Free state tax program 3. Free state tax program   Dispositions of Business Property Table of Contents Introduction Useful Items - You may want to see: What Is a Disposition of Property?Like-kind exchanges. Free state tax program How Do I Figure a Gain or Loss?Is My Gain or Loss Ordinary or Capital? Is My Capital Gain or Loss Short Term or Long Term? Where Do I Report Gains and Losses? Introduction If you dispose of business property, you may have a gain or loss that you report on Form 1040. Free state tax program However, in some cases you may have a gain that is not taxable or a loss that is not deductible. Free state tax program This chapter discusses whether you have a disposition, how to figure the gain or loss, and where to report the gain or loss. Free state tax program Useful Items - You may want to see: Publication 544 Sales and Other Dispositions of Assets Form (and Instructions) 4797 Sales of Business Property Sch D (Form 1040) Capital Gains and Losses See chapter 12 for information about getting publications and forms. Free state tax program What Is a Disposition of Property? A disposition of property includes the following transactions. Free state tax program You sell property for cash or other property. Free state tax program You exchange property for other property. Free state tax program You receive money as a tenant for the cancellation of a lease. Free state tax program You receive money for granting the exclusive use of a copyright throughout its life in a particular medium. Free state tax program You transfer property to satisfy a debt. Free state tax program You abandon property. Free state tax program Your bank or other financial institution forecloses on your mortgage or repossesses your property. Free state tax program Your property is damaged, destroyed, or stolen, and you receive property or money in payment. Free state tax program Your property is condemned, or disposed of under the threat of condemnation, and you receive property or money in payment. Free state tax program For details about damaged, destroyed, or stolen property, see Publication 547, Casualties, Disasters, and Thefts. Free state tax program For details about other dispositions, see chapter 1 in Publication 544. Free state tax program Nontaxable exchanges. Free state tax program   Certain exchanges of property are not taxable. Free state tax program This means any gain from the exchange is not recognized and you cannot deduct any loss. Free state tax program Your gain or loss will not be recognized until you sell or otherwise dispose of the property you receive. Free state tax program Like-kind exchanges. Free state tax program   A like-kind exchange is the exchange of property for the same kind of property. Free state tax program It is the most common type of nontaxable exchange. Free state tax program To be a like-kind exchange, the property traded and the property received must be both of the following. Free state tax program Business or investment property. Free state tax program Like property. Free state tax program   Report the exchange of like-kind property on Form 8824, Like-Kind Exchanges. Free state tax program For more information about like-kind exchanges, see chapter 1 in Publication 544. Free state tax program Installment sales. Free state tax program   An installment sale is a sale of property where you receive at least one payment after the tax year of the sale. Free state tax program If you finance the buyer's purchase of your property, instead of having the buyer get a loan or mortgage from a third party, you probably have an installment sale. Free state tax program   For more information about installment sales, see Publication 537, Installment Sales. Free state tax program Sale of a business. Free state tax program   The sale of a business usually is not a sale of one asset. Free state tax program Instead, all the assets of the business are sold. Free state tax program Generally, when this occurs, each asset is treated as being sold separately for determining the treatment of gain or loss. Free state tax program   Both the buyer and seller involved in the sale of a business must report to the IRS the allocation of the sales price among the business assets. Free state tax program Use Form 8594, Asset Acquisition Statement Under Section 1060, to provide this information. Free state tax program The buyer and seller should each attach Form 8594 to their federal income tax return for the year in which the sale occurred. Free state tax program   For more information about the sale of a business, see chapter 2 of Publication 544. Free state tax program How Do I Figure a Gain or Loss? Table 3-1. Free state tax program How To Figure a Gain or Loss IF your. Free state tax program . Free state tax program . Free state tax program THEN you have a. Free state tax program . Free state tax program . Free state tax program Adjusted basis is more than the amount realized Loss. Free state tax program Amount realized is more than the adjusted basis Gain. Free state tax program Basis, adjusted basis, amount realized, fair market value, and amount recognized are defined next. Free state tax program You need to know these definitions to figure your gain or loss. Free state tax program Basis. Free state tax program   The cost or purchase price of property is usually its basis for figuring the gain or loss from its sale or other disposition. Free state tax program However, if you acquired the property by gift, inheritance, or in some way other than buying it, you must use a basis other than its cost. Free state tax program For more information about basis, see Publication 551, Basis of Assets. Free state tax program Adjusted basis. Free state tax program   The adjusted basis of property is your original cost or other basis plus certain additions, and minus certain deductions such as depreciation and casualty losses. Free state tax program In determining gain or loss, the costs of transferring property to a new owner, such as selling expenses, are added to the adjusted basis of the property. Free state tax program Amount realized. Free state tax program   The amount you realize from a disposition is the total of all money you receive plus the fair market value of all property or services you receive. Free state tax program The amount you realize also includes any of your liabilities that were assumed by the buyer and any liabilities to which the property you transferred is subject, such as real estate taxes or a mortgage. Free state tax program Fair market value. Free state tax program   Fair market value is the price at which the property would change hands between a buyer and a seller, neither having to buy or sell, and both having reasonable knowledge of all necessary facts. Free state tax program Amount recognized. Free state tax program   Your gain or loss realized from a disposition of property is usually a recognized gain or loss for tax purposes. Free state tax program Recognized gains must be included in gross income. Free state tax program Recognized losses are deductible from gross income. Free state tax program However, a gain or loss realized from certain exchanges of property is not recognized. Free state tax program See  Nontaxable exchanges, earlier. Free state tax program Also, you cannot deduct a loss from the disposition of property held for personal use. Free state tax program Is My Gain or Loss Ordinary or Capital? You must classify your gains and losses as either ordinary or capital gains or losses. Free state tax program You must do this to figure your net capital gain or loss. Free state tax program Generally, you will have a capital gain or loss if you dispose of a capital asset. Free state tax program For the most part, everything you own and use for personal purposes or investment is a capital asset. Free state tax program Certain property you use in your business is not a capital asset. Free state tax program A gain or loss from a disposition of this property is an ordinary gain or loss. Free state tax program However, if you held the property longer than 1 year, you may be able to treat the gain or loss as a capital gain or loss. Free state tax program These gains and losses are called section 1231 gains and losses. Free state tax program For more information about ordinary and capital gains and losses, see chapters 2 and 3 in Publication 544. Free state tax program Is My Capital Gain or Loss Short Term or Long Term? If you have a capital gain or loss, you must determine whether it is long term or short term. Free state tax program Whether a gain or loss is long or short term depends on how long you own the property before you dispose of it. Free state tax program The time you own property before disposing of it is called the holding period. Free state tax program Table 3-2. Free state tax program Do I Have a Short-Term or Long-Term Gain or Loss? IF you hold the property. Free state tax program . Free state tax program . Free state tax program THEN you have a. Free state tax program . Free state tax program . Free state tax program 1 year or less Short-term capital gain or loss. Free state tax program More than 1 year Long-term capital gain or loss. Free state tax program For more information about short-term and long-term capital gains and losses, see chapter 4 of Publication 544. Free state tax program Where Do I Report Gains and Losses? Report gains and losses from the following dispositions on the forms indicated. Free state tax program The instructions for the forms explain how to fill them out. Free state tax program Dispositions of business property and depreciable property. Free state tax program   Use Form 4797. Free state tax program If you have taxable gain, you may also have to use Schedule D (Form 1040). Free state tax program Like-kind exchanges. Free state tax program   Use Form 8824, Like-Kind Exchanges. Free state tax program You may also have to use Form 4797 and Schedule D (Form 1040). Free state tax program Installment sales. Free state tax program   Use Form 6252, Installment Sale Income. Free state tax program You may also have to use Form 4797 and Schedule D (Form 1040). Free state tax program Casualties and thefts. Free state tax program   Use Form 4684, Casualties and Thefts. Free state tax program You may also have to use Form 4797. Free state tax program Condemned property. Free state tax program   Use Form 4797. Free state tax program You may also have to use Schedule D (Form 1040). Free state tax program Prev  Up  Next   Home   More Online Publications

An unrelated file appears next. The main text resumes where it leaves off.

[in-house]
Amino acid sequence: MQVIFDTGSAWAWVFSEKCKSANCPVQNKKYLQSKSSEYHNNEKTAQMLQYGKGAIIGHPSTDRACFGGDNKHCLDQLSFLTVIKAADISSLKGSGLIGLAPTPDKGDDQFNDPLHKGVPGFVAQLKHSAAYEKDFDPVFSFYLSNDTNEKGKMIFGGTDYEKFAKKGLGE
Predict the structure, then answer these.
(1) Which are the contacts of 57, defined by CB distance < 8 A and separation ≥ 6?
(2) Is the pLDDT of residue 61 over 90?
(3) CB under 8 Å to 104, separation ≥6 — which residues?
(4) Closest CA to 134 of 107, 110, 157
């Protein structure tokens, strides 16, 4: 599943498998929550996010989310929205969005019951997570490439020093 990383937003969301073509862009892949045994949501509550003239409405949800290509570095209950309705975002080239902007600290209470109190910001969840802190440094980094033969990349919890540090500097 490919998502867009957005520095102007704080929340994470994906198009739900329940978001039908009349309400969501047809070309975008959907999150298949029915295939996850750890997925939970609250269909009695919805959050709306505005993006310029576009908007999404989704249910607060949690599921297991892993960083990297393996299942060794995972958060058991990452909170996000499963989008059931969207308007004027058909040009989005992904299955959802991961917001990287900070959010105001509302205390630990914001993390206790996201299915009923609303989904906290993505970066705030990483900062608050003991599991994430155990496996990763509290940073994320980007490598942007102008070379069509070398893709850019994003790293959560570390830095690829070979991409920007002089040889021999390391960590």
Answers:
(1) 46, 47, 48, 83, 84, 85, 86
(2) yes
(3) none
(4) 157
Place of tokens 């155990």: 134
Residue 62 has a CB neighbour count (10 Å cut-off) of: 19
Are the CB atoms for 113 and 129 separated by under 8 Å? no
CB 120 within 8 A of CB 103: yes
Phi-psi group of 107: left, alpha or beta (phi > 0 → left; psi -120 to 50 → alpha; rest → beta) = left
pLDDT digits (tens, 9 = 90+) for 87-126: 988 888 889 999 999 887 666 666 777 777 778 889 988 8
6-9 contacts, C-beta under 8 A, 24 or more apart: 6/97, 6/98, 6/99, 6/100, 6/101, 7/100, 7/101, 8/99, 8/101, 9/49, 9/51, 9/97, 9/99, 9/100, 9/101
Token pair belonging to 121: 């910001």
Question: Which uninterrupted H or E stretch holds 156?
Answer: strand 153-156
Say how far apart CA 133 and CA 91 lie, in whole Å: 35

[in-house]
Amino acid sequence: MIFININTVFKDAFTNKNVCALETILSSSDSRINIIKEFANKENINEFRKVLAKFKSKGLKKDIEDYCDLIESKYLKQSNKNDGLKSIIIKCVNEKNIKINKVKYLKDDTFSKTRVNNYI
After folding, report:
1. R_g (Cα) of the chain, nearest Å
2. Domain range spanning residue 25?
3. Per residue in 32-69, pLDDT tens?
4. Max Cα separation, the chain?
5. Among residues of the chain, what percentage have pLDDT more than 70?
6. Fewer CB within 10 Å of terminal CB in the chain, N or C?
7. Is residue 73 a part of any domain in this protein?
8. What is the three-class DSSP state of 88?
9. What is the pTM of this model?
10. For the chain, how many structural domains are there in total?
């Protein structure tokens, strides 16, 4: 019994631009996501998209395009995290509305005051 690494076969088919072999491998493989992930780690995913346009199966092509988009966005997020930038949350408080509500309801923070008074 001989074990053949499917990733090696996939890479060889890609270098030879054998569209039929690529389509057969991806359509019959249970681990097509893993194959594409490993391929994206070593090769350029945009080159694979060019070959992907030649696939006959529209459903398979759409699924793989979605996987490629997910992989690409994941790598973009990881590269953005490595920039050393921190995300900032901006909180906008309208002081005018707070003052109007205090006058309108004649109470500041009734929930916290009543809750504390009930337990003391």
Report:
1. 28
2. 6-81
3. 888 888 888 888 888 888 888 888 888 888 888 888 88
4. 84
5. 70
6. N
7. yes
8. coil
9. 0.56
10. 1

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The Free State Tax Program

Free state tax program 7. Free state tax program   Figuring Gross Profit Table of Contents Introduction Items To Check Testing Gross Profit AccuracyExample. Free state tax program Additions to Gross Profit Introduction After you have figured the gross receipts from your business (chapter 5) and the cost of goods sold (chapter 6), you are ready to figure your gross profit. Free state tax program You must determine gross profit before you can deduct any business expenses. Free state tax program These expenses are discussed in chapter 8. Free state tax program If you are filing Schedule C-EZ, your gross profit is your gross receipts plus certain other amounts, explained later under Additions to Gross Profit. Free state tax program Businesses that sell products. Free state tax program   If you are filing Schedule C, figure your gross profit by first figuring your net receipts. Free state tax program Figure net receipts (line 3) on Schedule C by subtracting any returns and allowances (line 2) from gross receipts (line 1). Free state tax program Returns and allowances include cash or credit refunds you make to customers, rebates, and other allowances off the actual sales price. Free state tax program   Next, subtract the cost of goods sold (line 4) from net receipts (line 3). Free state tax program The result is the gross profit from your business. Free state tax program Businesses that sell services. Free state tax program   You do not have to figure the cost of goods sold if the sale of merchandise is not an income-producing factor for your business. Free state tax program Your gross profit is the same as your net receipts (gross receipts minus any refunds, rebates, or other allowances). Free state tax program Most professions and businesses that sell services rather than products can figure gross profit directly from net receipts in this way. Free state tax program Illustration. Free state tax program   This illustration of the gross profit section of the income statement of a retail business shows how gross profit is figured. Free state tax program Income Statement Year Ended December 31, 2013 Gross receipts $400,000 Minus: Returns and allowances 14,940 Net receipts $385,060 Minus: Cost of goods sold 288,140 Gross profit $96,920   The cost of goods sold for this business is figured as follows: Inventory at beginning of year $37,845 Plus: Purchases $285,900   Minus: Items withdrawn for personal use 2,650 283,250 Goods available for sale $321,095 Minus: Inventory at end of year 32,955 Cost of goods sold $288,140 Items To Check Consider the following items before figuring your gross profit. Free state tax program Gross receipts. Free state tax program   At the end of each business day, make sure your records balance with your actual cash and credit receipts for the day. Free state tax program You may find it helpful to use cash registers to keep track of receipts. Free state tax program You should also use a proper invoicing system and keep a separate bank account for your business. Free state tax program Sales tax collected. Free state tax program   Check to make sure your records show the correct sales tax collected. Free state tax program   If you collect state and local sales taxes imposed on you as the seller of goods or services from the buyer, you must include the amount collected in gross receipts. Free state tax program   If you are required to collect state and local taxes imposed on the buyer and turn them over to state or local governments, you generally do not include these amounts in income. Free state tax program Inventory at beginning of year. Free state tax program   Compare this figure with last year's ending inventory. Free state tax program The two amounts should usually be the same. Free state tax program Purchases. Free state tax program   If you take any inventory items for your personal use (use them yourself, provide them to your family, or give them as personal gifts, etc. Free state tax program ) be sure to remove them from the cost of goods sold. Free state tax program For details on how to adjust cost of goods sold, see Merchandise withdrawn from sale in chapter 6. Free state tax program Inventory at end of year. Free state tax program   Check to make sure your procedures for taking inventory are adequate. Free state tax program These procedures should ensure all items have been included in inventory and proper pricing techniques have been used. Free state tax program   Use inventory forms and adding machine tapes as the only evidence for your inventory. Free state tax program Inventory forms are available at office supply stores. Free state tax program These forms have columns for recording the description, quantity, unit price, and value of each inventory item. Free state tax program Each page has space to record who made the physical count, who priced the items, who made the extensions, and who proofread the calculations. Free state tax program These forms will help satisfy you that the total inventory is accurate. Free state tax program They will also provide you with a permanent record to support its validity. Free state tax program   Inventories are discussed in chapter 2. Free state tax program Testing Gross Profit Accuracy If you are in a retail or wholesale business, you can check the accuracy of your gross profit figure. Free state tax program First, divide gross profit by net receipts. Free state tax program The resulting percentage measures the average spread between the merchandise cost of goods sold and the selling price. Free state tax program Next, compare this percentage to your markup policy. Free state tax program Little or no difference between these two percentages shows that your gross profit figure is accurate. Free state tax program A large difference between these percentages may show that you did not accurately figure sales, purchases, inventory, or other items of cost. Free state tax program You should determine the reason for the difference. Free state tax program Example. Free state tax program   Joe Able operates a retail business. Free state tax program On the average, he marks up his merchandise so that he will realize a gross profit of 331/3% on its sales. Free state tax program The net receipts (gross receipts minus returns and allowances) shown on his income statement is $300,000. Free state tax program His cost of goods sold is $200,000. Free state tax program This results in a gross profit of $100,000 ($300,000 − $200,000). Free state tax program To test the accuracy of this year's results, Joe divides gross profit ($100,000) by net receipts ($300,000). Free state tax program The resulting 331/3% confirms his markup percentage of 331/3%. Free state tax program Additions to Gross Profit If your business has income from a source other than its regular business operations, enter the income on line 6 of Schedule C and add it to gross profit. Free state tax program The result is gross business income. Free state tax program If you use Schedule C-EZ, include the income on line 1 of the schedule. Free state tax program Some examples include income from an interest-bearing checking account, income from scrap sales, income from certain fuel tax credits and refunds, and amounts recovered from bad debts. Free state tax program Prev  Up  Next   Home   More Online Publications